During adolescence there are many biological changes that affect physical, mental, and emotional development. As children reach their teens, they become increasingly self-reflective and sensitive to how others view them. In developmental terms, the major task of adolescence is transitioning into a more integrated personality with a stronger sense of self-identity. This evolves as youths become increasingly more autonomous, spend more time with peers, and eventually prepare for secondary education or employment after high school. For teens without health problems, the transition through adolescence can be challenging. For those with epilepsy, the transition can be particularly difficult.
Pattern for healthy development in teenagers
- rapid gains in height and weight
- puberty and development of secondary sex characteristics
- continued brain development
- developing advanced reasoning skills
- developing abstract thinking skills
- developing the ability to think about thinking
- establishing an identity
- establishing autonomy
- establishing intimacy
- becoming comfortable with one’s sexuality
Impact of epilepsy on teenagers
As indicated earlier, the adolescent period can be particularly challenging for youth with epilepsy and their parents. For example, adolescence is often the time when seizure management and good lifestyle choices become an issue, including adherence to medication regimens and maintaining healthy eating habits and sleep patterns. There are many factors such as peer pressure, parties and other social events, part-time jobs, and a busy life in general that may interfere with the teen’s ability to translate this new awareness into good self-care. The unpredictable nature of seizures and epilepsy has a major impact on most areas of the teen’s life, including aspects of their development, such as independence, body image, identity, sexuality, socialization, and self-esteem. Feelings of embarrassment or frustration relating to their epilepsy can be accentuated during the teen years. This in turn can result in poor self-esteem. In addition, the onset of puberty can sometimes alter seizure patterns, requiring additional clinic visits, changing medications, or altering medication doses.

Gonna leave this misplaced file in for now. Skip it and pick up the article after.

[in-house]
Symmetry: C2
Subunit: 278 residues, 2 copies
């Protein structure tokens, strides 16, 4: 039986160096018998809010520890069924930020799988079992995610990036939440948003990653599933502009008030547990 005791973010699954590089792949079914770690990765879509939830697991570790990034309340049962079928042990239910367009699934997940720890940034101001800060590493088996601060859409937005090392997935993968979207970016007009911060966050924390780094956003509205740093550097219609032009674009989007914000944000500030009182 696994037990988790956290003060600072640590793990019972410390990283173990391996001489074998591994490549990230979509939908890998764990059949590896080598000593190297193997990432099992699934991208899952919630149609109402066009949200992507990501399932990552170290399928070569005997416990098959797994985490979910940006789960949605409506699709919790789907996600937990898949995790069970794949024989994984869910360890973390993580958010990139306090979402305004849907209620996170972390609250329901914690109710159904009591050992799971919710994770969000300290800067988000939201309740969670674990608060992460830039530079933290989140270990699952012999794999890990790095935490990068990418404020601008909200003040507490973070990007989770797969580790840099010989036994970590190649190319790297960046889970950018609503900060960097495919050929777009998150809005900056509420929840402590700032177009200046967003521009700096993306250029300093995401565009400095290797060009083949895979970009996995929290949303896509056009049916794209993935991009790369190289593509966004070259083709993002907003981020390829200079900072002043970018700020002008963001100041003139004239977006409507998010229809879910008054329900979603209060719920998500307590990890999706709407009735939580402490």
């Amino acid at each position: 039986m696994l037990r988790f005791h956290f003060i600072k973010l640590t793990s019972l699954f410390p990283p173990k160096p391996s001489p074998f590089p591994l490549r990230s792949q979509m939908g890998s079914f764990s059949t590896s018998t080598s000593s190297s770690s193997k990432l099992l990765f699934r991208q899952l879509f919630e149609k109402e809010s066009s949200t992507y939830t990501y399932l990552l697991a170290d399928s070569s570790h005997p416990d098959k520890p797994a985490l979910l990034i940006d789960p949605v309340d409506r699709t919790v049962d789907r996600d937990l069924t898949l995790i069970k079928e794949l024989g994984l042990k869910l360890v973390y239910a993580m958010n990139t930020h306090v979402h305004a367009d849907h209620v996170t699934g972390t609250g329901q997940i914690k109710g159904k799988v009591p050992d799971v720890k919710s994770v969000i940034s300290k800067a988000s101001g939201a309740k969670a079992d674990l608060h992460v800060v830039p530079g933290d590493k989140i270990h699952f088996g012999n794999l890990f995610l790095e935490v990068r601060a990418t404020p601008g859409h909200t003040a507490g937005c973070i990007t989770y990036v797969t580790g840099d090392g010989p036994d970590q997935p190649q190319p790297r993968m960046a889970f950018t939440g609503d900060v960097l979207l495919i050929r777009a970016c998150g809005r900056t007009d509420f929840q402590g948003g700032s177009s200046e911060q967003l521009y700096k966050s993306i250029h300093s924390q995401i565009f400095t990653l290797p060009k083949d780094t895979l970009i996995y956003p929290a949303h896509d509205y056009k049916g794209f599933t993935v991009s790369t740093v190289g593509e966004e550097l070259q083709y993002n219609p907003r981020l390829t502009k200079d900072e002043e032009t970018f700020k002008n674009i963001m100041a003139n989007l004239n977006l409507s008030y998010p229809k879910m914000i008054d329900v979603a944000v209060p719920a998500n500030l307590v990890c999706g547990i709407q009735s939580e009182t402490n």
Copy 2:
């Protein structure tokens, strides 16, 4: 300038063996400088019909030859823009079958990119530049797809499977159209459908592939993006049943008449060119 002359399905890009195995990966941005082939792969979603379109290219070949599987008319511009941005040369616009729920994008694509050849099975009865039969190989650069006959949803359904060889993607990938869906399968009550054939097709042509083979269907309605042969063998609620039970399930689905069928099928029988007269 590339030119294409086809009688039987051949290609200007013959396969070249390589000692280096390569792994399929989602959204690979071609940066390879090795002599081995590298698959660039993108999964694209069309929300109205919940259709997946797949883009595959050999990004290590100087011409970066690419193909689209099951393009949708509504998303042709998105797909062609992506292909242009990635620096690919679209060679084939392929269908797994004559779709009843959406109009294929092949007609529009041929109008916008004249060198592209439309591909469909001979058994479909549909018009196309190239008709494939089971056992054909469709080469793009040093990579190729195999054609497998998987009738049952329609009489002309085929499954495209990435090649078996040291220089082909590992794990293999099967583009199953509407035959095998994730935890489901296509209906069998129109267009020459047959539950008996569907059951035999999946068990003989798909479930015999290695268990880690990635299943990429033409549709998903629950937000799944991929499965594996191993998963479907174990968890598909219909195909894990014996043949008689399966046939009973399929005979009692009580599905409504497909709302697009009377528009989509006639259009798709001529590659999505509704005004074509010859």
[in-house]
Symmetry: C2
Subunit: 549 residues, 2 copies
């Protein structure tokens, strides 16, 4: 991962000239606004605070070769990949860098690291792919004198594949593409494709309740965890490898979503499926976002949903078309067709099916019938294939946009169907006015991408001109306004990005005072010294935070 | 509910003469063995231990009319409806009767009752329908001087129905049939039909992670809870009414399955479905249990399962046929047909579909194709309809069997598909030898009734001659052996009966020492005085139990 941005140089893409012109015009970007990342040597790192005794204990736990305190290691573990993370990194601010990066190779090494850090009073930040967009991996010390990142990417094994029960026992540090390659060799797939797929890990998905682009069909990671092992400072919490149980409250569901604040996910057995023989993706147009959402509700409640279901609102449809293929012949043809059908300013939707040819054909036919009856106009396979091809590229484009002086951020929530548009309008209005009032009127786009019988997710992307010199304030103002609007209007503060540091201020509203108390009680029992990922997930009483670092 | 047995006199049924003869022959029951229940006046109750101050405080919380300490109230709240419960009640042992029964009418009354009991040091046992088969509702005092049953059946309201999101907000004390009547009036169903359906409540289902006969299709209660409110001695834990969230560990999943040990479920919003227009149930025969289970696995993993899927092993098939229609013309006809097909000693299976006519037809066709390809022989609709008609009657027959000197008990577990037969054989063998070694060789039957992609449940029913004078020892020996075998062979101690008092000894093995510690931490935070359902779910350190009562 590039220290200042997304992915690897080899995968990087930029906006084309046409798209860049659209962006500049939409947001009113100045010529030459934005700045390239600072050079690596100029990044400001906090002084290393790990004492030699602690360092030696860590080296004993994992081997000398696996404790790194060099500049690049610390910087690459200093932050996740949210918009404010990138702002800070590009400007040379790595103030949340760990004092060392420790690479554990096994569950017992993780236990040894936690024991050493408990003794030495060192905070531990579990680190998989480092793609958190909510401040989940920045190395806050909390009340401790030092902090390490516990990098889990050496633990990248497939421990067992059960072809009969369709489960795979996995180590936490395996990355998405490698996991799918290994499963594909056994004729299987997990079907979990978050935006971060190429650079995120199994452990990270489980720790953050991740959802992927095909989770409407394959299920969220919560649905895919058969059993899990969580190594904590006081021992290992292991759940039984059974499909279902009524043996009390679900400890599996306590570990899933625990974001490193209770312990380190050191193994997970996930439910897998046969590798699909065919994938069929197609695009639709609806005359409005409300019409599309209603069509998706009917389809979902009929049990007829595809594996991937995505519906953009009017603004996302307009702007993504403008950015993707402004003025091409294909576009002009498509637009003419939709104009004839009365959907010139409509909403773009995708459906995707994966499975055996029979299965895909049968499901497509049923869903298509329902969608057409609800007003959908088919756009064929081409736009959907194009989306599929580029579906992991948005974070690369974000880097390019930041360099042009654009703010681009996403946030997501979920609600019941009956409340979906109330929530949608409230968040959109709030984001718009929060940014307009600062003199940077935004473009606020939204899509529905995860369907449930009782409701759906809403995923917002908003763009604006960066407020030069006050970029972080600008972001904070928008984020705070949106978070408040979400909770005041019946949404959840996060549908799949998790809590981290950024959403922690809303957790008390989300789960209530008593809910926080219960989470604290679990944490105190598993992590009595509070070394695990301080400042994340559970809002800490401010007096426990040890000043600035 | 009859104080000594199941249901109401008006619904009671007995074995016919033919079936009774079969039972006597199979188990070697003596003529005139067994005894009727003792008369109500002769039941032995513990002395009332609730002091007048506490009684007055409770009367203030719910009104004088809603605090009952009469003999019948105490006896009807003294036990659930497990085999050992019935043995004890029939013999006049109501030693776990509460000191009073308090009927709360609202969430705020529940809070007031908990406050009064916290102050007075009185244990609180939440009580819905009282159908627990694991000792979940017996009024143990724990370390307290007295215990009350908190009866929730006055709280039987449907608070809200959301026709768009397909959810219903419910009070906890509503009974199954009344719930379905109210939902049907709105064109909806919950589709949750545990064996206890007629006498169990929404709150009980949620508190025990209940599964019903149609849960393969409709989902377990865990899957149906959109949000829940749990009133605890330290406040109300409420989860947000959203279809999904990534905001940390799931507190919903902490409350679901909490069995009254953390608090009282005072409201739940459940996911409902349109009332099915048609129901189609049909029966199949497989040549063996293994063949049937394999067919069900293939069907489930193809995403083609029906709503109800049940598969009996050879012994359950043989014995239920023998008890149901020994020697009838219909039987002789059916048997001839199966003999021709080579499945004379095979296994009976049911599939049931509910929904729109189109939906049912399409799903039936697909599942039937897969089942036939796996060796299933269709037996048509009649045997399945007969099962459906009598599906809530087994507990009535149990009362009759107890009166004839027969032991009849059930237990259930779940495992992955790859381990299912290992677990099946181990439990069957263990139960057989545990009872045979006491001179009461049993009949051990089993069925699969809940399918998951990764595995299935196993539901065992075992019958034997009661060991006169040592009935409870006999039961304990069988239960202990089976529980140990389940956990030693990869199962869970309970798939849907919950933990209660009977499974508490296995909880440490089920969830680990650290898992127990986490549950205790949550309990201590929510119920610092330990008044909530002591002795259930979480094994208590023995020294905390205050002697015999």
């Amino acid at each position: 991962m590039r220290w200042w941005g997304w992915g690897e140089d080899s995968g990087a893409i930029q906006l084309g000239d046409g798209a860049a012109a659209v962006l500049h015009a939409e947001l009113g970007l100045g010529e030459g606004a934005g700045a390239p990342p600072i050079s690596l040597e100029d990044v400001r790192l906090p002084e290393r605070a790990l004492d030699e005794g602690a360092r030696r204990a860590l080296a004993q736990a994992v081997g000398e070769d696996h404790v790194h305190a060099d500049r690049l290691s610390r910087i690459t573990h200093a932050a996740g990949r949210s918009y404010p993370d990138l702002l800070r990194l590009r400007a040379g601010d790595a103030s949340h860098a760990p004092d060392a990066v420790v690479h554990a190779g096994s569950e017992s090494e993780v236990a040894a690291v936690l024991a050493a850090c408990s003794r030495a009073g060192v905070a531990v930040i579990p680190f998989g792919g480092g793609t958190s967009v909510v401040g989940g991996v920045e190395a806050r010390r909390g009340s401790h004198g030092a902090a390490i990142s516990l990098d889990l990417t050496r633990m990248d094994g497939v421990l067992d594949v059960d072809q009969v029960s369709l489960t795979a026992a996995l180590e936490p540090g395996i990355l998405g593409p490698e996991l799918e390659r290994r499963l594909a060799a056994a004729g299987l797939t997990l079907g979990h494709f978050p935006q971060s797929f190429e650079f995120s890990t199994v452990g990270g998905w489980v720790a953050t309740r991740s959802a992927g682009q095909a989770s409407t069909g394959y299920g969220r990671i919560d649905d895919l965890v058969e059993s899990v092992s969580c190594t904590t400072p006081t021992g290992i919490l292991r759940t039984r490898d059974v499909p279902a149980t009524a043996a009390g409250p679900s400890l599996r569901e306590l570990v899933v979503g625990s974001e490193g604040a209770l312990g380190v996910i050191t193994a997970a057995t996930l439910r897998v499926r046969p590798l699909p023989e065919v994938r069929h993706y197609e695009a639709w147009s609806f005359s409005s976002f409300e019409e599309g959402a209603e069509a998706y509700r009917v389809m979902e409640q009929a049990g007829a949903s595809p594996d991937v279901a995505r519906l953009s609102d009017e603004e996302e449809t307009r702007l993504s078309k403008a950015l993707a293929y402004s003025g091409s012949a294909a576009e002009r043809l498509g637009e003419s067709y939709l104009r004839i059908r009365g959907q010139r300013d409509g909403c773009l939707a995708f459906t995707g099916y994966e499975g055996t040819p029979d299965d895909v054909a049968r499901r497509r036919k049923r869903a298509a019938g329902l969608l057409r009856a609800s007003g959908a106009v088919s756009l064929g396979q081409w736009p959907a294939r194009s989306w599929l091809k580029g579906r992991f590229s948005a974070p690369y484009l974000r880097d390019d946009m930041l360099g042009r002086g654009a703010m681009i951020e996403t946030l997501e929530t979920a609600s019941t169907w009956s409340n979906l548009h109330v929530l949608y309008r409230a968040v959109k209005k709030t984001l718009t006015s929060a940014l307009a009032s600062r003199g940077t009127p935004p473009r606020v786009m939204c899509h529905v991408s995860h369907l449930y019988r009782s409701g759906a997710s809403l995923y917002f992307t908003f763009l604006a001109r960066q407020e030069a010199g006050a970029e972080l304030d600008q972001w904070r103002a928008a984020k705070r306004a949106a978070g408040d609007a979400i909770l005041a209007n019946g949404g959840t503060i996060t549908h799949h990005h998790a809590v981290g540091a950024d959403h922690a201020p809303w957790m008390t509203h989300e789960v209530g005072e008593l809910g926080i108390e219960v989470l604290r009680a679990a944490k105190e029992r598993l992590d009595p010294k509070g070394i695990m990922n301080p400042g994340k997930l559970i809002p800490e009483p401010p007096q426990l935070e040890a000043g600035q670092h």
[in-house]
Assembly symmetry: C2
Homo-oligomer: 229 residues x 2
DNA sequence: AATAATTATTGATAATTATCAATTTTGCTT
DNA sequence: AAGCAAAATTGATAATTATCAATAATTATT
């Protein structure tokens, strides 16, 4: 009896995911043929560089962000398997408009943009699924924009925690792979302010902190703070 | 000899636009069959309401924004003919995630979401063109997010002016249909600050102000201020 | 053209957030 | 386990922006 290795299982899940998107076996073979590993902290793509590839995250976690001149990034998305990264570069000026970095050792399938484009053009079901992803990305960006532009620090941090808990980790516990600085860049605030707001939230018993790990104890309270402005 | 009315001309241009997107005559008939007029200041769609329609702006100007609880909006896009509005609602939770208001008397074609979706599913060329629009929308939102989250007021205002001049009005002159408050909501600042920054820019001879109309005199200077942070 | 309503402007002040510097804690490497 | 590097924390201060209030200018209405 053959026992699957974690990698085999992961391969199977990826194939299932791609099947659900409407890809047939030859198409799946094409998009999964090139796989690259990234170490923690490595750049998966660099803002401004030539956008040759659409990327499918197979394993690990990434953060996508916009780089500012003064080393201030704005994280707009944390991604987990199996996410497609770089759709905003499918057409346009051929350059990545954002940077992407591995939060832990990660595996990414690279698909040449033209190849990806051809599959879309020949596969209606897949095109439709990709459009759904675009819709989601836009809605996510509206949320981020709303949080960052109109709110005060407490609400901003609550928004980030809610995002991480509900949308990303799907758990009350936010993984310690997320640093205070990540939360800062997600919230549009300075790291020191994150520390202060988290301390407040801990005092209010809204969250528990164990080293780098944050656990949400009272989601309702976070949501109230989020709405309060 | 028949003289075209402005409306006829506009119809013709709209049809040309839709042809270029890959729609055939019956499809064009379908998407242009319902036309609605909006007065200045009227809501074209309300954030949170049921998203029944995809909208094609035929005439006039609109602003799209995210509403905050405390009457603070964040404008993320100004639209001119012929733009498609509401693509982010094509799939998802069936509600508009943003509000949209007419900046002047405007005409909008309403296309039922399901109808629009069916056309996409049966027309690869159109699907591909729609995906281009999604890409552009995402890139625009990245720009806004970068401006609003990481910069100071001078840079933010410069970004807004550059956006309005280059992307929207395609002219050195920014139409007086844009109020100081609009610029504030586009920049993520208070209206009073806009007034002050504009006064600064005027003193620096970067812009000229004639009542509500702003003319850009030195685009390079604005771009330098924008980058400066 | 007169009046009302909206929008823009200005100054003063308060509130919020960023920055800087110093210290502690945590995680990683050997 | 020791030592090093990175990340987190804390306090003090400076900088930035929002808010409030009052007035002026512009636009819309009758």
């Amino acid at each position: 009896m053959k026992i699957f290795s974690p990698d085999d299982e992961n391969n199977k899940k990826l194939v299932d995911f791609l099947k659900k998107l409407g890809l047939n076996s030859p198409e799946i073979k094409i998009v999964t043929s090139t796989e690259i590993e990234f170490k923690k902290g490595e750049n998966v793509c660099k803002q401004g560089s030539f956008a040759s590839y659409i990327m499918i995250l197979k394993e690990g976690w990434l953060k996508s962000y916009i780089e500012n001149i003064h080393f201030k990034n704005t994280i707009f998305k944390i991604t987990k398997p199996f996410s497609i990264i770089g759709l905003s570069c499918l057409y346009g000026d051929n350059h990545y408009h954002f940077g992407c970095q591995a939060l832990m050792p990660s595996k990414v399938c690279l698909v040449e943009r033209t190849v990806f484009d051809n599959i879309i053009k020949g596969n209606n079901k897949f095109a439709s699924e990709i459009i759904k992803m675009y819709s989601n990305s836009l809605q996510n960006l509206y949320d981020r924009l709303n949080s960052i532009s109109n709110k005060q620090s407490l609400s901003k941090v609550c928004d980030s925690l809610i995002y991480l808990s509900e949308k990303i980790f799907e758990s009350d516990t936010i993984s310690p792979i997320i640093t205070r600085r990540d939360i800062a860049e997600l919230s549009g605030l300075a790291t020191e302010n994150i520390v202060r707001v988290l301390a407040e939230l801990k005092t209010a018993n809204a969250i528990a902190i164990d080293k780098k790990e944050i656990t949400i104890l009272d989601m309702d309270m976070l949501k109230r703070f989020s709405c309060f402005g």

Parents can help to minimize some problems by being aware of what may happen to their teens and discussing issues openly with them; acting as positive role-models; and assisting their teens in developing positive coping strategies to deal with their epilepsy and its management. The epilepsy care team,
local epilepsy chapters, and other "role models," such as older youths or adults who have epilepsy, can all provide support during the challenges of the teen years.
Epilepsy Canada has an information section called "Teen’s Corner" on their website, which discusses many of the issues faced by teens with epilepsy. It is a site you can recommend to your teen where they can read about issues related to teens and epilepsy. Also encourage your teenager to check out the Epilepsy Checklist for Teens and learn what they needs to know about epilepsy.